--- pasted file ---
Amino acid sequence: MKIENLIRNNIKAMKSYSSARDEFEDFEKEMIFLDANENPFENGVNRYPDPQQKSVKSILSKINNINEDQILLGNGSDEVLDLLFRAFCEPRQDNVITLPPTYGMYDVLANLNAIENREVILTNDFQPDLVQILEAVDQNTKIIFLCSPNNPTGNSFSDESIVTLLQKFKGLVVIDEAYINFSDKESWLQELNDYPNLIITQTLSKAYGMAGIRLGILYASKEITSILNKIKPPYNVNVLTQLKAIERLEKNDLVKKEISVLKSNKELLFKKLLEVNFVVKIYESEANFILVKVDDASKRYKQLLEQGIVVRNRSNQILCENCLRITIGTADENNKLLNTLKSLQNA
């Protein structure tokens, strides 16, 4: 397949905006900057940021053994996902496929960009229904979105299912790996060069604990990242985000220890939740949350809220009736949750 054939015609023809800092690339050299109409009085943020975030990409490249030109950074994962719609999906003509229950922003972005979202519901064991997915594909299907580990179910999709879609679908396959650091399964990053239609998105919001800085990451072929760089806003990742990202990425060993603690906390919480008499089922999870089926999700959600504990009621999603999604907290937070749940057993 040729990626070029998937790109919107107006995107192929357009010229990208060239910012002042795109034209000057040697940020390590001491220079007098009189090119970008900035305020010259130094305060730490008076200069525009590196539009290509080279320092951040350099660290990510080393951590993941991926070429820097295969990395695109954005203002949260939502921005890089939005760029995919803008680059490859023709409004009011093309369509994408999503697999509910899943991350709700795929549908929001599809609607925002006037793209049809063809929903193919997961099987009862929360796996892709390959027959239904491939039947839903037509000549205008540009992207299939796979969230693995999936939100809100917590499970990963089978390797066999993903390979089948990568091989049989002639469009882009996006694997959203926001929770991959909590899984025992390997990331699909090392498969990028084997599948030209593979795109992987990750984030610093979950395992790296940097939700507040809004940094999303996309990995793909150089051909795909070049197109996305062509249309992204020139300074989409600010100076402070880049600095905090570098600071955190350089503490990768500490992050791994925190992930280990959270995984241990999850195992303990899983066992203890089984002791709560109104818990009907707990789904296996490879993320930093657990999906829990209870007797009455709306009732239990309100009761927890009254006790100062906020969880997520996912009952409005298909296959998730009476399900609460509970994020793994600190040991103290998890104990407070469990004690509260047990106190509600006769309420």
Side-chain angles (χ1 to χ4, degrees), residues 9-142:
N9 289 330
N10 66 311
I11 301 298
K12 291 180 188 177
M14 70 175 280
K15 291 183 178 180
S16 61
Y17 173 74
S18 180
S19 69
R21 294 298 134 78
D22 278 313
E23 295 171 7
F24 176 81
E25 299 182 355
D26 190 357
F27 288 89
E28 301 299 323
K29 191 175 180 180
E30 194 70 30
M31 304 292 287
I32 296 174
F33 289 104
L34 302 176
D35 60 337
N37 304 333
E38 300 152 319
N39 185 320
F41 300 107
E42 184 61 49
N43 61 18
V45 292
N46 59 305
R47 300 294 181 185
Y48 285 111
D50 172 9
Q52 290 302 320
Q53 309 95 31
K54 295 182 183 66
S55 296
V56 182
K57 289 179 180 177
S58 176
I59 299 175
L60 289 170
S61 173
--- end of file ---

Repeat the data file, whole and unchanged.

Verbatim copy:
Amino acid sequence: MKIENLIRNNIKAMKSYSSARDEFEDFEKEMIFLDANENPFENGVNRYPDPQQKSVKSILSKINNINEDQILLGNGSDEVLDLLFRAFCEPRQDNVITLPPTYGMYDVLANLNAIENREVILTNDFQPDLVQILEAVDQNTKIIFLCSPNNPTGNSFSDESIVTLLQKFKGLVVIDEAYINFSDKESWLQELNDYPNLIITQTLSKAYGMAGIRLGILYASKEITSILNKIKPPYNVNVLTQLKAIERLEKNDLVKKEISVLKSNKELLFKKLLEVNFVVKIYESEANFILVKVDDASKRYKQLLEQGIVVRNRSNQILCENCLRITIGTADENNKLLNTLKSLQNA
């Protein structure tokens, strides 16, 4: 397949905006900057940021053994996902496929960009229904979105299912790996060069604990990242985000220890939740949350809220009736949750 054939015609023809800092690339050299109409009085943020975030990409490249030109950074994962719609999906003509229950922003972005979202519901064991997915594909299907580990179910999709879609679908396959650091399964990053239609998105919001800085990451072929760089806003990742990202990425060993603690906390919480008499089922999870089926999700959600504990009621999603999604907290937070749940057993 040729990626070029998937790109919107107006995107192929357009010229990208060239910012002042795109034209000057040697940020390590001491220079007098009189090119970008900035305020010259130094305060730490008076200069525009590196539009290509080279320092951040350099660290990510080393951590993941991926070429820097295969990395695109954005203002949260939502921005890089939005760029995919803008680059490859023709409004009011093309369509994408999503697999509910899943991350709700795929549908929001599809609607925002006037793209049809063809929903193919997961099987009862929360796996892709390959027959239904491939039947839903037509000549205008540009992207299939796979969230693995999936939100809100917590499970990963089978390797066999993903390979089948990568091989049989002639469009882009996006694997959203926001929770991959909590899984025992390997990331699909090392498969990028084997599948030209593979795109992987990750984030610093979950395992790296940097939700507040809004940094999303996309990995793909150089051909795909070049197109996305062509249309992204020139300074989409600010100076402070880049600095905090570098600071955190350089503490990768500490992050791994925190992930280990959270995984241990999850195992303990899983066992203890089984002791709560109104818990009907707990789904296996490879993320930093657990999906829990209870007797009455709306009732239990309100009761927890009254006790100062906020969880997520996912009952409005298909296959998730009476399900609460509970994020793994600190040991103290998890104990407070469990004690509260047990106190509600006769309420």
Side-chain angles (χ1 to χ4, degrees), residues 9-142:
N9 289 330
N10 66 311
I11 301 298
K12 291 180 188 177
M14 70 175 280
K15 291 183 178 180
S16 61
Y17 173 74
S18 180
S19 69
R21 294 298 134 78
D22 278 313
E23 295 171 7
F24 176 81
E25 299 182 355
D26 190 357
F27 288 89
E28 301 299 323
K29 191 175 180 180
E30 194 70 30
M31 304 292 287
I32 296 174
F33 289 104
L34 302 176
D35 60 337
N37 304 333
E38 300 152 319
N39 185 320
F41 300 107
E42 184 61 49
N43 61 18
V45 292
N46 59 305
R47 300 294 181 185
Y48 285 111
D50 172 9
Q52 290 302 320
Q53 309 95 31
K54 295 182 183 66
S55 296
V56 182
K57 289 179 180 177
S58 176
I59 299 175
L60 289 170
S61 173